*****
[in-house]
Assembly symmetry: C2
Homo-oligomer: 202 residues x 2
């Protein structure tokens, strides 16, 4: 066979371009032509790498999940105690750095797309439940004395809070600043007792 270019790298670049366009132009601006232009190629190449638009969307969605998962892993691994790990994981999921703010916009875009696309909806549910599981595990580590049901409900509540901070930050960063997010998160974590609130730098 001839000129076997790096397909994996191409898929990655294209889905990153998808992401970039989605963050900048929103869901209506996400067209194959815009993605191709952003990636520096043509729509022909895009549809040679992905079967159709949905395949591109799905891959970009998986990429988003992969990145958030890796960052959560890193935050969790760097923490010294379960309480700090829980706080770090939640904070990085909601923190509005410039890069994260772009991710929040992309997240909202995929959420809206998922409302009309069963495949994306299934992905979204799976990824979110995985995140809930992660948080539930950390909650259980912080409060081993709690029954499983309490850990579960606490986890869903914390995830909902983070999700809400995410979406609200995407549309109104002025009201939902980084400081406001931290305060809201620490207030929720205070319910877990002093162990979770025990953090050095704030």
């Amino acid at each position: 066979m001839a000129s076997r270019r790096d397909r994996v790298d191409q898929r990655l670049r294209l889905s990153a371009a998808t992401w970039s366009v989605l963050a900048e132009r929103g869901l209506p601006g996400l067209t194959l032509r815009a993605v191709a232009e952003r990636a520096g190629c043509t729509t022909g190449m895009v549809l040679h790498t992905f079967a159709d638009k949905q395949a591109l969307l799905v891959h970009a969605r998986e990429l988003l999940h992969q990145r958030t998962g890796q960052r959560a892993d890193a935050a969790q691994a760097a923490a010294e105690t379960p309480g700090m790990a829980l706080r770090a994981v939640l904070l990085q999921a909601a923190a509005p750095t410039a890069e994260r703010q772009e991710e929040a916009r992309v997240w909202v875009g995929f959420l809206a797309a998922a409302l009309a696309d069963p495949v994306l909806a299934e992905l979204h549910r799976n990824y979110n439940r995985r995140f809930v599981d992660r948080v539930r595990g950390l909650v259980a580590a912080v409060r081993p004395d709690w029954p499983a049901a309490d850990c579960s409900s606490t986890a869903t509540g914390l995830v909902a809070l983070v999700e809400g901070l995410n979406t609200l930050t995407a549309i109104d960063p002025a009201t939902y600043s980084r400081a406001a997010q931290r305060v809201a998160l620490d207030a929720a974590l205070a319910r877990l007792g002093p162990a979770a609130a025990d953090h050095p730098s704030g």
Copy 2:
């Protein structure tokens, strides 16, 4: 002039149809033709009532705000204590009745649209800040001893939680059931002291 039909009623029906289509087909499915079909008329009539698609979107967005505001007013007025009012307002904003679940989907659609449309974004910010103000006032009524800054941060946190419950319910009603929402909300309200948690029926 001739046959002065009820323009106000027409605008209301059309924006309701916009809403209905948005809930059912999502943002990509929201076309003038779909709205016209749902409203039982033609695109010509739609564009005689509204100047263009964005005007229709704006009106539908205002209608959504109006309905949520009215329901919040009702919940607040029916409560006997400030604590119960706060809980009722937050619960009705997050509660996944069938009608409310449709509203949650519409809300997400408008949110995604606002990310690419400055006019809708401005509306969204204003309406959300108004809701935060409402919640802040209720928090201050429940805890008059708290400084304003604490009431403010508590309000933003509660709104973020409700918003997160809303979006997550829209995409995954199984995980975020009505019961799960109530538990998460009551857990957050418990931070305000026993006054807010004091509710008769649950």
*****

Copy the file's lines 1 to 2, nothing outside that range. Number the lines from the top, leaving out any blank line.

[in-house]
Assembly symmetry: C2